Overview of Morrison's Haven
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A century ago, the scene you would have surveyed here would have been dirty, noisy, busy and crowded: an intensely industrial area with great brick chimneys, various sizes of beehive-shaped [brick] kilns, high walls and ominous grey factory buildings all coated by a frequent outpouring of choking, grey smoke.
Today, looking north towards the brick-built nineteen fifties Bathhouse in front of the road, you might just glimpse the sea. The ancient harbour of Morrison's or Acheson's Haven lies just beyond at the other side of the present main road.
Before the harbour there was a Draught, a place to safely draw up boats. Fishermen dredged oysters from offshore beds for centuries.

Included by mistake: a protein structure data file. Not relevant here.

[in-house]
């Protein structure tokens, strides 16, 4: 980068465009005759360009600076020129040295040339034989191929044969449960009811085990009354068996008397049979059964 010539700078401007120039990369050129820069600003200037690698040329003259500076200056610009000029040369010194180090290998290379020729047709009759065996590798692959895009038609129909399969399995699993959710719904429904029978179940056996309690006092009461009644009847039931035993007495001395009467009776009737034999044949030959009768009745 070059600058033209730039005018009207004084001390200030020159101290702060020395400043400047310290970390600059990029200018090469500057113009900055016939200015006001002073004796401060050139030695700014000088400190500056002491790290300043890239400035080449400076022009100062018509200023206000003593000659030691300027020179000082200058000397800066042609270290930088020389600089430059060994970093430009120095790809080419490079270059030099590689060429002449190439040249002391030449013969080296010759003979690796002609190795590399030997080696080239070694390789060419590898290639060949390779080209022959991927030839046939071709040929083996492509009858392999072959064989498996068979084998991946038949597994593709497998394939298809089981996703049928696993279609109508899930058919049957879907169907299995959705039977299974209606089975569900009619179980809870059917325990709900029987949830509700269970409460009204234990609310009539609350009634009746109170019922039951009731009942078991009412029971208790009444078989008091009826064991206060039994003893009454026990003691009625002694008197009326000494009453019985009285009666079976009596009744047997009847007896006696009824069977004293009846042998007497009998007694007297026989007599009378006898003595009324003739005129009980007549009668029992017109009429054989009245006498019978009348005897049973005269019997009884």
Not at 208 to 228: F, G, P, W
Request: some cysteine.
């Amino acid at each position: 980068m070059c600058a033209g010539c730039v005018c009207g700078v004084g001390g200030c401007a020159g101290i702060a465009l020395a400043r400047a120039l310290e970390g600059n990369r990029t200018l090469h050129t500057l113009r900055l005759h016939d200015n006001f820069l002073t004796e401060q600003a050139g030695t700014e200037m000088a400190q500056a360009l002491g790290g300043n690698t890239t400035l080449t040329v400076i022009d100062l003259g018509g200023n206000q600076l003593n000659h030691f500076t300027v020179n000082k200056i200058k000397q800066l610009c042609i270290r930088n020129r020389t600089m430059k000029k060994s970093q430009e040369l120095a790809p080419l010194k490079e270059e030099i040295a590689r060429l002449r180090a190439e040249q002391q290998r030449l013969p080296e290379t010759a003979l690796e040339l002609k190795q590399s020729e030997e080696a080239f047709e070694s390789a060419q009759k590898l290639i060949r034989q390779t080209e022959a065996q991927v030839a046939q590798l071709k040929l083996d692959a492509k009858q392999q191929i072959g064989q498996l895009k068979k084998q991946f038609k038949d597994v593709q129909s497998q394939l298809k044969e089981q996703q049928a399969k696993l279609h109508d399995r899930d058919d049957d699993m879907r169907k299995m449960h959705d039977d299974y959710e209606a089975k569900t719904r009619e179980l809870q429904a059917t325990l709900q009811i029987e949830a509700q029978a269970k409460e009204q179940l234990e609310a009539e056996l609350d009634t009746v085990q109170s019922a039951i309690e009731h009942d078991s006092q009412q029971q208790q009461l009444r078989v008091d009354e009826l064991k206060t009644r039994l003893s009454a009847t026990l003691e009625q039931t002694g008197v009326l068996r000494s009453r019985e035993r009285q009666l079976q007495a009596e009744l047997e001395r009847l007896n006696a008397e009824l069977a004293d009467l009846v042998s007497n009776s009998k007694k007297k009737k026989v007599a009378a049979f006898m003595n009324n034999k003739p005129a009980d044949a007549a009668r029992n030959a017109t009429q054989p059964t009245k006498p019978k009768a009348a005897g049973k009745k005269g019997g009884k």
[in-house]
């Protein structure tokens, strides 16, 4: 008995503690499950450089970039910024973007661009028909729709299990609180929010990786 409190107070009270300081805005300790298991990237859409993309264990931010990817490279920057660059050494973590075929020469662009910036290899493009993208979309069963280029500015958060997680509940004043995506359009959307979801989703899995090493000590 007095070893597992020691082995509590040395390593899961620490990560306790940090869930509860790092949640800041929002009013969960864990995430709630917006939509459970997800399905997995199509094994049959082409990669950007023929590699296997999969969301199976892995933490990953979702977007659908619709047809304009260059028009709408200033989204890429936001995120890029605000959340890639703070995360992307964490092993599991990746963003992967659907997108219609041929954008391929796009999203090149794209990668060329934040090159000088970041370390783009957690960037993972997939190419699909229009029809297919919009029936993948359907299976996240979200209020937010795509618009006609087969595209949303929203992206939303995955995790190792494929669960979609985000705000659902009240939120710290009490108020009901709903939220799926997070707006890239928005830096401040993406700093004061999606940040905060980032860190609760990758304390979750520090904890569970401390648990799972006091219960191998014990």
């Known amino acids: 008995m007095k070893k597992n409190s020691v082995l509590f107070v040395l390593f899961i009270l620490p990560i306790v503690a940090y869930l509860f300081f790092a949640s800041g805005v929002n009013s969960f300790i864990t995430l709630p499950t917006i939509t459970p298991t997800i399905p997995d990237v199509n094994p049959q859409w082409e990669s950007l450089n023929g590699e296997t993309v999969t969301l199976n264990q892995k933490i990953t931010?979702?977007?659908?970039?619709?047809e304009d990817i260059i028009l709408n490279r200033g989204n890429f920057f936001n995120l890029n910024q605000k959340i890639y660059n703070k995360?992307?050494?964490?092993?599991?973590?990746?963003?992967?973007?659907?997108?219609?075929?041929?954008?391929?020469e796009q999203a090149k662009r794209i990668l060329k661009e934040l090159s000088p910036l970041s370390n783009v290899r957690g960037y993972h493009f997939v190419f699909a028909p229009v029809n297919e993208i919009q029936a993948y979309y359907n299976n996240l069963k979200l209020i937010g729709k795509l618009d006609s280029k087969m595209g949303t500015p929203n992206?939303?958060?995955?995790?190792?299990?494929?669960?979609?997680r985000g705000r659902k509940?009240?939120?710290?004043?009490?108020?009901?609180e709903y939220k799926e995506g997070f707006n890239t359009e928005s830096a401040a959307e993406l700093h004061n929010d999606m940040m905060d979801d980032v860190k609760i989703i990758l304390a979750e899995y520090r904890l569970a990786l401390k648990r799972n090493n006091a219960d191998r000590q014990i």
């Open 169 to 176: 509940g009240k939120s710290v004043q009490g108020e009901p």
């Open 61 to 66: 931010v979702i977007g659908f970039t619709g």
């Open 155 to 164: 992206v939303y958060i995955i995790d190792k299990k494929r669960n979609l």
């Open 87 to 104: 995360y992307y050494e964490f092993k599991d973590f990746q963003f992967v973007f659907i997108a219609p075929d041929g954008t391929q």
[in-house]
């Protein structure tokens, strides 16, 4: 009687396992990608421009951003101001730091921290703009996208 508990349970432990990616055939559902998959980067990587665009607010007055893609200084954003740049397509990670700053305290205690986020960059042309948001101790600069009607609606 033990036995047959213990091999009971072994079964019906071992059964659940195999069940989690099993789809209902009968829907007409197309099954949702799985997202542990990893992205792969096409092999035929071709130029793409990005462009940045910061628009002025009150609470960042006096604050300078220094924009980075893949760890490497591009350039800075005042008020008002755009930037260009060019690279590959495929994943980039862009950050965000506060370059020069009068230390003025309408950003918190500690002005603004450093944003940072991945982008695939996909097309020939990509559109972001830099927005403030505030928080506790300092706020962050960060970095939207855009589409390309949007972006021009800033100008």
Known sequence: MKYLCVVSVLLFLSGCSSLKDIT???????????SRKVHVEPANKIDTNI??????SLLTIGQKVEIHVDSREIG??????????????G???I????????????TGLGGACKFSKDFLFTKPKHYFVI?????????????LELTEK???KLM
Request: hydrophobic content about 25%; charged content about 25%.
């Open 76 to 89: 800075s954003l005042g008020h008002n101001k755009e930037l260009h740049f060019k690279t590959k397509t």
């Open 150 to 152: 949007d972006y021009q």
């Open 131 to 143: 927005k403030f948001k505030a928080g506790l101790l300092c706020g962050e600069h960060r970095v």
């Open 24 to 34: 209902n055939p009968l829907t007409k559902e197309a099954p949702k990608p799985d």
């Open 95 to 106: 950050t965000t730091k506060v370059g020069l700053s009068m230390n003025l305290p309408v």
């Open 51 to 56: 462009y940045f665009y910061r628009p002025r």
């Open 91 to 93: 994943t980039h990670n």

The nearby harbour was recently filled in, but its story is central to our tale. By the middle of the seventeen hundreds, the Haven had become a busy trading port from which both salt and oysters were exported in ever increasing quantities. Ships took away local glassware, ceramics, chemicals, including vast amounts of Oil of Vitriol (or sulphuric acid), bricks, fireclay and of course, coal. In return, they brought in goods such as French brandy, raisins and Port wine from Portugal; silk, whalebone and Delft chinaware from Holland; Russian leather from Danzig in the Baltic and furs from Hudson's Bay in Canada. The fate of the Haven has been closely linked to the successes and failures of the industries at and around Prestongrange. Right up to the late 1920s, ships were calling in at Morrison's Haven to pick up loads of up to six hundred tons of coal or bricks, but after lying disused for many years, it was filled in and the site was landscaped.